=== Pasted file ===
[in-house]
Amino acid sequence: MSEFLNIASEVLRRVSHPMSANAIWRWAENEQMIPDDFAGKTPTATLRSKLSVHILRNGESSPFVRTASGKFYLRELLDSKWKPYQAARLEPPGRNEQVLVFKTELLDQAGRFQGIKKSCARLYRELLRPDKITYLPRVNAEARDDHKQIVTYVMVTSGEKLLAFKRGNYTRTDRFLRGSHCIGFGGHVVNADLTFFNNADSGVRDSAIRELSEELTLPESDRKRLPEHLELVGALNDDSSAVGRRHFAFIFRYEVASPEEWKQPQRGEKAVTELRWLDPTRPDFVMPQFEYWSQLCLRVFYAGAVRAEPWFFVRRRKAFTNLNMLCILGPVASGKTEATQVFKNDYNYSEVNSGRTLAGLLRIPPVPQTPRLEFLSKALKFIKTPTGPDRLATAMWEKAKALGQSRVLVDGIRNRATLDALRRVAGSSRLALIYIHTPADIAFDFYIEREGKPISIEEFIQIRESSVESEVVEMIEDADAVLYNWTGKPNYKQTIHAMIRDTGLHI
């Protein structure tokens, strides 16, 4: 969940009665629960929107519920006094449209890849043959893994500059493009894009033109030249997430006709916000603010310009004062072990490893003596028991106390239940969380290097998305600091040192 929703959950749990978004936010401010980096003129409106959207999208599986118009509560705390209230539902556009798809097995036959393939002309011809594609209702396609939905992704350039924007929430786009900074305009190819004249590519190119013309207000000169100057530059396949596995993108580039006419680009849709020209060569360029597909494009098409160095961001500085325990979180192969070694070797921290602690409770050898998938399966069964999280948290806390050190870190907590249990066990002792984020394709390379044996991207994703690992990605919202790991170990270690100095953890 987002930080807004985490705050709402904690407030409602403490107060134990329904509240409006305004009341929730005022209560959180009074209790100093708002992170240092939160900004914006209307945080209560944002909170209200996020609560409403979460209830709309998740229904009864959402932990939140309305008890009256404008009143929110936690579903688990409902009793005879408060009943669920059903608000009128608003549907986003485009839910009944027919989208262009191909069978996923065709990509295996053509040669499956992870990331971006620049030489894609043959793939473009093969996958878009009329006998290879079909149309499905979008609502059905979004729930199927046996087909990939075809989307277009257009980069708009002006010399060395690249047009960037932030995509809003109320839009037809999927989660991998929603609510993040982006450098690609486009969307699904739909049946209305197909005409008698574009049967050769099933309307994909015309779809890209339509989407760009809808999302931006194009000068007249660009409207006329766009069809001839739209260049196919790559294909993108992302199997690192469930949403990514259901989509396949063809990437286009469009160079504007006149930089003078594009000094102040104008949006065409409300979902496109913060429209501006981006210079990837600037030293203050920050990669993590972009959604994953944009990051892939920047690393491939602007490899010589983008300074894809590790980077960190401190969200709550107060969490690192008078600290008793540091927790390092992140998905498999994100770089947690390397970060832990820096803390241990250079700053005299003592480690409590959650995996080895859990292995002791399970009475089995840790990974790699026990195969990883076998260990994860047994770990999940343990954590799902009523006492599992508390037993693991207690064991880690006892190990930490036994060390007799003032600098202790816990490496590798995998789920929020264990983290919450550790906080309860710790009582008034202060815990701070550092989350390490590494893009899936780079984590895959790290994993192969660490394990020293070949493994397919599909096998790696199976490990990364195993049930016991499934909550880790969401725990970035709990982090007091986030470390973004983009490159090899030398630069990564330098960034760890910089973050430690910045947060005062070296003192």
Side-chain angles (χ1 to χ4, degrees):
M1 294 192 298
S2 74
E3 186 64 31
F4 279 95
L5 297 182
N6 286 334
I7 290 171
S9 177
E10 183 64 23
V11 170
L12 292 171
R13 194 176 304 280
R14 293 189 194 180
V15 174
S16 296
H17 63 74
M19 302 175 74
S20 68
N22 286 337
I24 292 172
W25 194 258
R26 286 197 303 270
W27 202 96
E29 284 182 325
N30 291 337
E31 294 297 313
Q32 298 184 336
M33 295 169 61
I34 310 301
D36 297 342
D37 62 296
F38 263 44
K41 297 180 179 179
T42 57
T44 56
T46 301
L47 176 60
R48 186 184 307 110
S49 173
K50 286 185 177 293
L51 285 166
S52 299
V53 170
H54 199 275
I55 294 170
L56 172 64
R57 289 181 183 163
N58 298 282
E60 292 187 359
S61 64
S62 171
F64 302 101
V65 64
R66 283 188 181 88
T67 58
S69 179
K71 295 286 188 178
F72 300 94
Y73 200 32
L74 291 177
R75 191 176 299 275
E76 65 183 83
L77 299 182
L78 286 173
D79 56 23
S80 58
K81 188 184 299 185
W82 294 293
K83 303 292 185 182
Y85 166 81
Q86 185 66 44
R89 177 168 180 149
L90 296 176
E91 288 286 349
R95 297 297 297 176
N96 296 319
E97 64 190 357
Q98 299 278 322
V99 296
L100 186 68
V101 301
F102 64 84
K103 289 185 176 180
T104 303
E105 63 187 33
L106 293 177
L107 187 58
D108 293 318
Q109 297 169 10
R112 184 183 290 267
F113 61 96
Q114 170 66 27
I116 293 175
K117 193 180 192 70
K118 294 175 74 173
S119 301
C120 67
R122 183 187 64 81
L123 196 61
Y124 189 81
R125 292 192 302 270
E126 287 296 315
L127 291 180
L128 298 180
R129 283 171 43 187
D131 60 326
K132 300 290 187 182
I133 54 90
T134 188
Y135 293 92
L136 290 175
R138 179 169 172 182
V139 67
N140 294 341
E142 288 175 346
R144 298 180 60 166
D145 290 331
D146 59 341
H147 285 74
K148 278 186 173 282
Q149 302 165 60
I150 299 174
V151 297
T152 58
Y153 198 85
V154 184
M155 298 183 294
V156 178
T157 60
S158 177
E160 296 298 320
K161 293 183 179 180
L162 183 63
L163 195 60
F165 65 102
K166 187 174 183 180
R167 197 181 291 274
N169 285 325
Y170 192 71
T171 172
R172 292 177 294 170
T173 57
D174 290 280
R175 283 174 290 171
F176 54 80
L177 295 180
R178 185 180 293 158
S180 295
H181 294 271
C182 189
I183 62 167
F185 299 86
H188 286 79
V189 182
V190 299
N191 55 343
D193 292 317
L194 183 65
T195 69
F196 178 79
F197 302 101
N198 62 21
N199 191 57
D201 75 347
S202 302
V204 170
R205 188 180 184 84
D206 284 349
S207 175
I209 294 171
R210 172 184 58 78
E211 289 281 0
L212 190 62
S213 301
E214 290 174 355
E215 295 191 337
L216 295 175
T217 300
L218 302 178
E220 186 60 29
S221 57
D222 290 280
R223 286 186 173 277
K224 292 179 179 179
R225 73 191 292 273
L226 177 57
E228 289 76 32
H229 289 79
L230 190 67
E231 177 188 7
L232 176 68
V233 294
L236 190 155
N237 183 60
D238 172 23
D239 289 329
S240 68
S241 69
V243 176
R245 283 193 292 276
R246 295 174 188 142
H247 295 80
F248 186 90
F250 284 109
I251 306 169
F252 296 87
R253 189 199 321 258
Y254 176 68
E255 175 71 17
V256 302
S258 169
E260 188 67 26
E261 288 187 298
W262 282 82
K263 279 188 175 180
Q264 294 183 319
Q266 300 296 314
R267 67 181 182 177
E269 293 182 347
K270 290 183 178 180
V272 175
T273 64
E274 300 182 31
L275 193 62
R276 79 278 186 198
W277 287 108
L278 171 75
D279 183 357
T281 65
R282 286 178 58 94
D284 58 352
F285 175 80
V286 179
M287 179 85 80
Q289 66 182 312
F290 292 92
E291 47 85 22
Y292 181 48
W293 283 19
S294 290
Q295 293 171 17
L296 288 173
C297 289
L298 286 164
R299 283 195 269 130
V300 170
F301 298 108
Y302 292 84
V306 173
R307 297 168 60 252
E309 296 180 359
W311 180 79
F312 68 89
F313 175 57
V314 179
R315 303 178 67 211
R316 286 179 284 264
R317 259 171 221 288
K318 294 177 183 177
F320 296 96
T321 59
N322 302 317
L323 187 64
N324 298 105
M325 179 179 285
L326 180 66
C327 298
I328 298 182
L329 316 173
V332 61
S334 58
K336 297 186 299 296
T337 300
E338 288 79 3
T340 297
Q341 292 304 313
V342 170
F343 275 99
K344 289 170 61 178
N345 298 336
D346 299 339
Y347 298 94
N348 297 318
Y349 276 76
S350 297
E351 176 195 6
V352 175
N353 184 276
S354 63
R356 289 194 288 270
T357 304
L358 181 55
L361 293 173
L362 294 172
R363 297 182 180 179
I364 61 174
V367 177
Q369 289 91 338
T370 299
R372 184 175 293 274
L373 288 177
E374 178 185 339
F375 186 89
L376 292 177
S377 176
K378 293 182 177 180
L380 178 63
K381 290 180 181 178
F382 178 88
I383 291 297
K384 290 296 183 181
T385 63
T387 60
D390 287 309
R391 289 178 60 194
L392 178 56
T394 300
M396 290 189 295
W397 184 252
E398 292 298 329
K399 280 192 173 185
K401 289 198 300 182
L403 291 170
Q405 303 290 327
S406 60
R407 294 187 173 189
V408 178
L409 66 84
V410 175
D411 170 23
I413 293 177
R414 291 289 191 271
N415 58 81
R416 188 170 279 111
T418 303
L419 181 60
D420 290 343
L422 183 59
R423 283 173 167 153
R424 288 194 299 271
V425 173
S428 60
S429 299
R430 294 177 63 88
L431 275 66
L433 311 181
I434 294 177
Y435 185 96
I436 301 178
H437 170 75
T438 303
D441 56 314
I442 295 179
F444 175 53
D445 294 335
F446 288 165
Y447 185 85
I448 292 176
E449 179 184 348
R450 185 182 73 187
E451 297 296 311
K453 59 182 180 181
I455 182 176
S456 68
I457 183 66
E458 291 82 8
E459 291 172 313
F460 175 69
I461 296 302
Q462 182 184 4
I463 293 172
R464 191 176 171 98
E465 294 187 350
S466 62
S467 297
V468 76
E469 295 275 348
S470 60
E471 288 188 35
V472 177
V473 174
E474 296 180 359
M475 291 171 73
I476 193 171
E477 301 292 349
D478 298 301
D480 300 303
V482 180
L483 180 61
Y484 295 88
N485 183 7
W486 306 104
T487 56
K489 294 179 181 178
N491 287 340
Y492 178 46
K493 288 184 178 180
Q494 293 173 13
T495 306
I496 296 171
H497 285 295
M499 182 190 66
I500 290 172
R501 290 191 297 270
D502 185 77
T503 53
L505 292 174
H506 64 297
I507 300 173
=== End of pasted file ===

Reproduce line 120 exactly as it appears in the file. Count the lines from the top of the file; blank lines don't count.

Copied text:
R144 298 180 60 166